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Pilgrims in an engraving from 1568

A pilgrim (from the Latin peregrinus) is a traveller (literally one who has come from afar) who is on a journey to a holy place. Typically, this is a physical journey (often on foot) to some place of special significance to the adherent of a particular religious belief system. In the spiritual literature of Christianity, the concept of pilgrim and pilgrimage may refer to the experience of life in the world (considered as a period of exile) or to the inner path of the spiritual aspirant from a state of wretchedness to a state of beatitude.


  • And by the happie blisfull way
    More peacefull Pilgrims I shall see,
    That have shooke off their gownes of clay,
    And goe appareld fresh like mee.
  • We are the Pilgrims, master; we shall go
      Always a little further; it may be
    Beyond that last blue mountain barred with snow
      Across that angry or that glimmering sea,


  • Even pilgrims' feet sweat. (Stanisław Jerzy Lec)
  • Conversion: this is the word that most specifically expresses the meaning of pilgrimage. (René Laurentin)
  • It is curiosity that shapes the pilgrim no less than devotion. (Abraham Cowley)
  • The pilgrims, who love the land that brings them - and this for the sole fact that it brings them towards that foreign country that they love more than anything else - otherwise they would not be on their way. (Dietrich Bonhoeffer)
  • True pilgrims are those who leave to leave. (First Mazzolari)
  • Does the pilgrimage have value if the road led the pilgrim to a different destination? (Stanisław Jerzy Lec)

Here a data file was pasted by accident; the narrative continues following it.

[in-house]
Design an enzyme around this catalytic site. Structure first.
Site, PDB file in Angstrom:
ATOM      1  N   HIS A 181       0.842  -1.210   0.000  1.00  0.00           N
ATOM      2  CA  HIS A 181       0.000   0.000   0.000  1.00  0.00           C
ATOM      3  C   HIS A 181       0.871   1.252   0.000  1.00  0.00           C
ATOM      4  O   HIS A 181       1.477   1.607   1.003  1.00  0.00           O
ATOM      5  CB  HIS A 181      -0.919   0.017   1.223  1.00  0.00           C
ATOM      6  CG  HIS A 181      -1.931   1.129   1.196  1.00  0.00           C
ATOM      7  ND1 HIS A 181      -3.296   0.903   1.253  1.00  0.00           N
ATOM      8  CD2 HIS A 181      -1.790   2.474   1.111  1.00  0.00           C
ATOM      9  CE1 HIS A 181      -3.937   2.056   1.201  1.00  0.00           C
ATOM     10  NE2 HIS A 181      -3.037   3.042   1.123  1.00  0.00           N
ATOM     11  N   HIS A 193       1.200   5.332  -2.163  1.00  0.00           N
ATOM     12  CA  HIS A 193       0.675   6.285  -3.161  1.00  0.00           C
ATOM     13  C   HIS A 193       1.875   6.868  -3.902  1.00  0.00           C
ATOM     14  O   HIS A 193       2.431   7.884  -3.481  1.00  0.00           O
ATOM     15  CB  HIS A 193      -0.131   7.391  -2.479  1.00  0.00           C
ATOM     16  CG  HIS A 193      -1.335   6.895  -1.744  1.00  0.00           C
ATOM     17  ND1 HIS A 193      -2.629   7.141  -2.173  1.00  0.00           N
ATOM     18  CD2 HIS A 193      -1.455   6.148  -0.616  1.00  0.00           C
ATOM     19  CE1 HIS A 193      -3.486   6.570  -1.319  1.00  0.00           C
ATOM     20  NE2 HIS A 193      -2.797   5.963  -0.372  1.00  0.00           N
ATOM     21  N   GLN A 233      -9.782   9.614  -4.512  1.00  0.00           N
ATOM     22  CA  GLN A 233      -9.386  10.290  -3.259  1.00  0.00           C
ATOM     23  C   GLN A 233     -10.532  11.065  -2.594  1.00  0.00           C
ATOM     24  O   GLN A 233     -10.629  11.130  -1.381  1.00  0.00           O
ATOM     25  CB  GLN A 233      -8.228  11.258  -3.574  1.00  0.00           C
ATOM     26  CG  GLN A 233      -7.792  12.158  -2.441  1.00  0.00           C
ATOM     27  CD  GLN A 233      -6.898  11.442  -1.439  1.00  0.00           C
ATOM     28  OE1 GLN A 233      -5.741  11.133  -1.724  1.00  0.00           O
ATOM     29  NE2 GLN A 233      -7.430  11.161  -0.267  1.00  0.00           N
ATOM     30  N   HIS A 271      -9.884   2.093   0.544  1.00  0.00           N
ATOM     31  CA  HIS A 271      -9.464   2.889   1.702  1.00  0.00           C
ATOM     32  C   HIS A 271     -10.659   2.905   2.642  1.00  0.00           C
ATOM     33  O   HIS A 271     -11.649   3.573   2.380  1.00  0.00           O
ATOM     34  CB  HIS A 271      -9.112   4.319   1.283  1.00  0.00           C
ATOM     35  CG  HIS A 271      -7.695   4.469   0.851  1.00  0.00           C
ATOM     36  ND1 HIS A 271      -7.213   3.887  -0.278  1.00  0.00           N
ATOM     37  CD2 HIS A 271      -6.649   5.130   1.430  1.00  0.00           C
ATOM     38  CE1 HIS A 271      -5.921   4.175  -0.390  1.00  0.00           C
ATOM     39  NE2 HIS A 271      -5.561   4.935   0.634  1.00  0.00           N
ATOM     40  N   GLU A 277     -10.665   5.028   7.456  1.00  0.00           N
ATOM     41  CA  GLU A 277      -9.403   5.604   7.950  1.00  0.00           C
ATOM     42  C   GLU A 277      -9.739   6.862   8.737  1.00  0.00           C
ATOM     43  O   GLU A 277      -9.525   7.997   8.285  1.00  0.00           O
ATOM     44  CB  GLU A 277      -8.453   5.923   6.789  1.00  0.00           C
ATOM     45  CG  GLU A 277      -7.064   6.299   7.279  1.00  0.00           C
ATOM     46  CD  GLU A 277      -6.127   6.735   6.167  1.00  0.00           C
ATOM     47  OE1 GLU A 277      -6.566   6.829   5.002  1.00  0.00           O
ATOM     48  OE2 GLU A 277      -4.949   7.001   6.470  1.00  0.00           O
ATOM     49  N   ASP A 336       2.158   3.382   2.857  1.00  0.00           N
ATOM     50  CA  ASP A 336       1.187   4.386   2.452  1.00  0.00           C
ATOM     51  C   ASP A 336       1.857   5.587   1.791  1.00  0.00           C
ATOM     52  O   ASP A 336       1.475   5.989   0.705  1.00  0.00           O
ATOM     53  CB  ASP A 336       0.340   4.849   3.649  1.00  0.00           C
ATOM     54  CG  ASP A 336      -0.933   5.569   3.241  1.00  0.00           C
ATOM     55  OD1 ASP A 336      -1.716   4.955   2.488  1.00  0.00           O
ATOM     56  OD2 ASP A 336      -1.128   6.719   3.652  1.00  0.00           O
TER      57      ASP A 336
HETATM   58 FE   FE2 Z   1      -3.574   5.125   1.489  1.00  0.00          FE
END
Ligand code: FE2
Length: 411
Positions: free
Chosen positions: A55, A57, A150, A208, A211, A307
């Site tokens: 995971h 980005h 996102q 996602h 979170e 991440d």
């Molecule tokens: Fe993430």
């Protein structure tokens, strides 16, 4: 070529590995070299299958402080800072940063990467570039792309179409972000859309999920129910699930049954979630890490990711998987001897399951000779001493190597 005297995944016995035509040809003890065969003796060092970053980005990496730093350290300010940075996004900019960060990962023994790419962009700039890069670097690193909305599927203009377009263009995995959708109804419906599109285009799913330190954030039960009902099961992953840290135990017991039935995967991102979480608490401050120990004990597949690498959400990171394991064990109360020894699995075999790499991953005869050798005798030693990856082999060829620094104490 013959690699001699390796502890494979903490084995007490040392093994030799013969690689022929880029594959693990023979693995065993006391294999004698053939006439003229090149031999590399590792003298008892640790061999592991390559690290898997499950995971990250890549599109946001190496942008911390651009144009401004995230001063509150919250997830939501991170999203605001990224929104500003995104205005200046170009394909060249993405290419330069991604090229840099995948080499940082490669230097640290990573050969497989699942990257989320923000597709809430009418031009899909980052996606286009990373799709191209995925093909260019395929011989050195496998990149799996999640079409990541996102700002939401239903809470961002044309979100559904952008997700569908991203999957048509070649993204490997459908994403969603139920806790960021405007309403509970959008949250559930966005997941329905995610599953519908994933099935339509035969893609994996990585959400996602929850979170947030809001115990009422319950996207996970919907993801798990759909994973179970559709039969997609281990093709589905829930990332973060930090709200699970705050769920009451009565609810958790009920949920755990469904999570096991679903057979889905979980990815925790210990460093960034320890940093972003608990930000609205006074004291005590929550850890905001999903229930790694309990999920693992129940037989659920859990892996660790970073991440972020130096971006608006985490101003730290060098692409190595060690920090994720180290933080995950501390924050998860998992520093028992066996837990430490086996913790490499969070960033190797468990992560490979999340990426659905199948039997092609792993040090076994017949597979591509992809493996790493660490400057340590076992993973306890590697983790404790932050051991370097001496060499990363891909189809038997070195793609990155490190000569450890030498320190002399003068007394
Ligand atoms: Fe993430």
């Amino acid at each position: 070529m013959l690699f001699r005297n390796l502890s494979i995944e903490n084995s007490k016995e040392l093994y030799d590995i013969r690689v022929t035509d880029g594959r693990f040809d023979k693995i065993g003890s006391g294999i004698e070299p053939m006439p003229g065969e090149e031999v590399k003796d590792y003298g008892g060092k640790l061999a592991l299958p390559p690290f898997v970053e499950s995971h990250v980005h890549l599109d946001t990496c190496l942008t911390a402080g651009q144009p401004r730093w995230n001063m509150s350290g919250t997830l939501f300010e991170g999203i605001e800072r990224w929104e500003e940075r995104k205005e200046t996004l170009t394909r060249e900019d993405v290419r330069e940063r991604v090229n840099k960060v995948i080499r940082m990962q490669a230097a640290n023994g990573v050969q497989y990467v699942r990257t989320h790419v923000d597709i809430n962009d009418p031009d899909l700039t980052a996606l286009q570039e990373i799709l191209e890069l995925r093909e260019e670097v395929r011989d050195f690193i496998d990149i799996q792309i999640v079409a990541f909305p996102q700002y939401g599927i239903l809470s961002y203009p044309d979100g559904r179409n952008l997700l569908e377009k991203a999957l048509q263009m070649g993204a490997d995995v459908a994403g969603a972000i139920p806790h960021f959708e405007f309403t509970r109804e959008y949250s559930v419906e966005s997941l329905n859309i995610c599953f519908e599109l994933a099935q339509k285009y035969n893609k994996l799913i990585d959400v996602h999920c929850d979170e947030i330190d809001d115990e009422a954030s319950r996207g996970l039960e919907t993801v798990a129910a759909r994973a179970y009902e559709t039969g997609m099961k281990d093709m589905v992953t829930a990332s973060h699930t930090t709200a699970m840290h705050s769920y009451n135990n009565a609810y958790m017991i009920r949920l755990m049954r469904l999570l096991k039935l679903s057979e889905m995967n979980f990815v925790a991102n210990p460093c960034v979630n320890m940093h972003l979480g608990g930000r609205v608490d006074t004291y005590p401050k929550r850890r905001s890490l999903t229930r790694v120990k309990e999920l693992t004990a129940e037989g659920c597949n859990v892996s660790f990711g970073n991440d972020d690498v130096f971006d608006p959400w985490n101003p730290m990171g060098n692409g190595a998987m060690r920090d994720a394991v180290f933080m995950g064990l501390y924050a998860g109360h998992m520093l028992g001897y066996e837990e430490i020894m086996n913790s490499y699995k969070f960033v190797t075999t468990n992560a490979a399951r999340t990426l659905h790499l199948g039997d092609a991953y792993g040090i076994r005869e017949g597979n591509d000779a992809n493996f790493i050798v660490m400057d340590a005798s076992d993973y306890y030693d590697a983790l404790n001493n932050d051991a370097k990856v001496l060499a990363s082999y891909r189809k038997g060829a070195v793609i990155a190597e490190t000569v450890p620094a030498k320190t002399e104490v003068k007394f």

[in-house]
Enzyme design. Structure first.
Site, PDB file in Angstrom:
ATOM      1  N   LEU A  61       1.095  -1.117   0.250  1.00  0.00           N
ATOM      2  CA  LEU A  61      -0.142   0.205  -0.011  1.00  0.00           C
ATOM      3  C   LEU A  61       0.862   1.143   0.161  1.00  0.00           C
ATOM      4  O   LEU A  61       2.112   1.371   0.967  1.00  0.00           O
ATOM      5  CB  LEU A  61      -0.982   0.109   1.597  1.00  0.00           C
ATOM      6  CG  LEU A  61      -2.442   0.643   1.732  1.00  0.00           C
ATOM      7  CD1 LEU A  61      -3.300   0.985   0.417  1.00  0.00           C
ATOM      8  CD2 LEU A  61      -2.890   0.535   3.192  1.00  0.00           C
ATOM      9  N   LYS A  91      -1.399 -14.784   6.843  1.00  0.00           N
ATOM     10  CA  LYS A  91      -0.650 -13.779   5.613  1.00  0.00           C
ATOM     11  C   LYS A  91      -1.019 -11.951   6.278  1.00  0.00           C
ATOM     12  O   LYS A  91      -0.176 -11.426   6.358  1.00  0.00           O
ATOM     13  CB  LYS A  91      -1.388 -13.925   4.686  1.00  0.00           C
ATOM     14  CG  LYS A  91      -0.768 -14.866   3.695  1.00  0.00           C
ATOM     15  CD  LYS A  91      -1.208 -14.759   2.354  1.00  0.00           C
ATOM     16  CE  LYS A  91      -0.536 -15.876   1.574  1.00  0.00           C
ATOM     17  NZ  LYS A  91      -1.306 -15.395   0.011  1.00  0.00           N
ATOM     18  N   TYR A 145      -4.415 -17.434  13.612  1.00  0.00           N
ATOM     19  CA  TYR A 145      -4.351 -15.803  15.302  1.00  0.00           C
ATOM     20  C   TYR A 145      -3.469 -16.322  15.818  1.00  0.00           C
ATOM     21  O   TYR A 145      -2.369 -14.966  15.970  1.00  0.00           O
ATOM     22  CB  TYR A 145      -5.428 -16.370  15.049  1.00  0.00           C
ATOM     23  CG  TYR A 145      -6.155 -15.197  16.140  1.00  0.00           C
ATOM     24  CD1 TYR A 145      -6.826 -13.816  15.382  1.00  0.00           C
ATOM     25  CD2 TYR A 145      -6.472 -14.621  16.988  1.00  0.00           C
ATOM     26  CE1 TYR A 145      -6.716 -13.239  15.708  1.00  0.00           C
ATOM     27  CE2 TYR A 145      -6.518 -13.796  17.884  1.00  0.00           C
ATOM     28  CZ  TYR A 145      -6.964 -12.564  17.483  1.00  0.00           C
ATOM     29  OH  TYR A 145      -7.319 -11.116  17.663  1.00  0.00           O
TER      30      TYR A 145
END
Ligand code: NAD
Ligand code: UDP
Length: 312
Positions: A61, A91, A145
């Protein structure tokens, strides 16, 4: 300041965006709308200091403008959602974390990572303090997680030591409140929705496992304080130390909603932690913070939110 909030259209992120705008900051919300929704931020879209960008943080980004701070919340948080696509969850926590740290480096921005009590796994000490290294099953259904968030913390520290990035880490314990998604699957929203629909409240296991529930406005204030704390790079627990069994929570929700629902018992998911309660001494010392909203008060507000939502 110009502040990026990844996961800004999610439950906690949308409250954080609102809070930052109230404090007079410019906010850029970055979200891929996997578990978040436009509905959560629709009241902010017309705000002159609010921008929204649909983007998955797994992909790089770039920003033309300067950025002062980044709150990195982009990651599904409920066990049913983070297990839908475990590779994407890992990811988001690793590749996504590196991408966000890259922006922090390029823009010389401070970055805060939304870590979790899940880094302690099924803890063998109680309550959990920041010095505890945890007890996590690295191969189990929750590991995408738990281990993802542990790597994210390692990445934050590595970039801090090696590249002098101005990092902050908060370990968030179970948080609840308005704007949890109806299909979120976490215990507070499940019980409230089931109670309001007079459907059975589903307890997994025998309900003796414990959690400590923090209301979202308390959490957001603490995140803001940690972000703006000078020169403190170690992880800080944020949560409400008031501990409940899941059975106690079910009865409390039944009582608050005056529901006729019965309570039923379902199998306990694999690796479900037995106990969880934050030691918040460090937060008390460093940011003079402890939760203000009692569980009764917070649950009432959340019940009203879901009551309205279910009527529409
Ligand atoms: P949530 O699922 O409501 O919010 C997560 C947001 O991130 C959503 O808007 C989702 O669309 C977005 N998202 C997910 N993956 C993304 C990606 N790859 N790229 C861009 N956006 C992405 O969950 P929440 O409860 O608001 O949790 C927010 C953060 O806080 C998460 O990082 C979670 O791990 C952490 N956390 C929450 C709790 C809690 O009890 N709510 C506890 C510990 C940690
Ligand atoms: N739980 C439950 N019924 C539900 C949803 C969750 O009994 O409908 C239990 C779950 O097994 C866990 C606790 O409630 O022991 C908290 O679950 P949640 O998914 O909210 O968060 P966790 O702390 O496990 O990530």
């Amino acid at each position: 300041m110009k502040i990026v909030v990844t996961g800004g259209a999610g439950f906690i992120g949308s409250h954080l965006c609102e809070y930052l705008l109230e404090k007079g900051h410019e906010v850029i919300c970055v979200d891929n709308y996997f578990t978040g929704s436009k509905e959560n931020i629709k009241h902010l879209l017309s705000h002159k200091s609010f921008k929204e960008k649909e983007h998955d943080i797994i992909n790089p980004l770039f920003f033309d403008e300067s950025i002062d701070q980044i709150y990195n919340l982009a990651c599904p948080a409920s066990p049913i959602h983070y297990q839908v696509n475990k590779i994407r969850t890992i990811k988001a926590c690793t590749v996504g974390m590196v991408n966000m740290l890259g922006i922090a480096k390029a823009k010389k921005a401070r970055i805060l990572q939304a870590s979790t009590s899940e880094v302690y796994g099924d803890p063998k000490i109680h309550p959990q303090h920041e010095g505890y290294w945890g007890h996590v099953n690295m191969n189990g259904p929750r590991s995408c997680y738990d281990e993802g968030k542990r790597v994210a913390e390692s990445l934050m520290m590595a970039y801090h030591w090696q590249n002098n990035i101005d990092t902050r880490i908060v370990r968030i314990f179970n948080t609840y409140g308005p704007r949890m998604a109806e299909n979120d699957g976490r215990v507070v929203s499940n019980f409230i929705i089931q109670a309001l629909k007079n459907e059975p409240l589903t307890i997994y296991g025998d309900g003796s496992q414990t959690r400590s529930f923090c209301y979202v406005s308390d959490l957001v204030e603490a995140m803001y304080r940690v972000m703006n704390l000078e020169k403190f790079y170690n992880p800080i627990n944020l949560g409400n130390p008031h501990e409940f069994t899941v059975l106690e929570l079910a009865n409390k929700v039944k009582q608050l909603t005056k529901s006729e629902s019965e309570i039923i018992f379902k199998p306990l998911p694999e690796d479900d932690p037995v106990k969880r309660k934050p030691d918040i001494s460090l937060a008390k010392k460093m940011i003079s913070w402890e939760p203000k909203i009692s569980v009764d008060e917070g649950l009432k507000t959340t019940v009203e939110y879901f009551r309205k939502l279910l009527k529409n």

• Pilgrimage liberates the spiritual dimension in each person and allows him to recognize his vocation as a child of God. (Jacques Jean Joseph Jules Perrier)
  • The true pilgrim walks the path with nothing, lives on offerings, depends only on the generosity of others and brings with him everything he possesses. The pilgrim is poor and must suffer. (The Road to Santiago)
  • While the holidays indicate that life is on a journey towards God, the processions and pilgrimages take us out of the usual rhythm, they make us understand that we are not tied to the normal conditions of existence but that we have spaces of freedom, that we can consecrate the our life to God, we can direct it to Him, just as a pilgrimage is directed to its end. (Carlo Maria Martini)
  • Pilgrim, on your journey | you could go far, | because, pilgrim, it is a long journey | the one to find out who you are... (Enya)
  • By the grace of God I am a man and a Christian, by actions a great sinner, by vocation a pilgrim of the most miserable kind, wandering from place to place. My earthly possessions are a pouch on my back with a little dry bread and, in the inside pocket of my shirt, the Holy Bible. Nothing else. (Tales of a Russian Pilgrim)
  • Poets, painters and pilgrims are soothsayers in what they say and do. (Italian proverb)
  • Red evening and black morning cheer up the pilgrim. (Tuscan proverb)

See also

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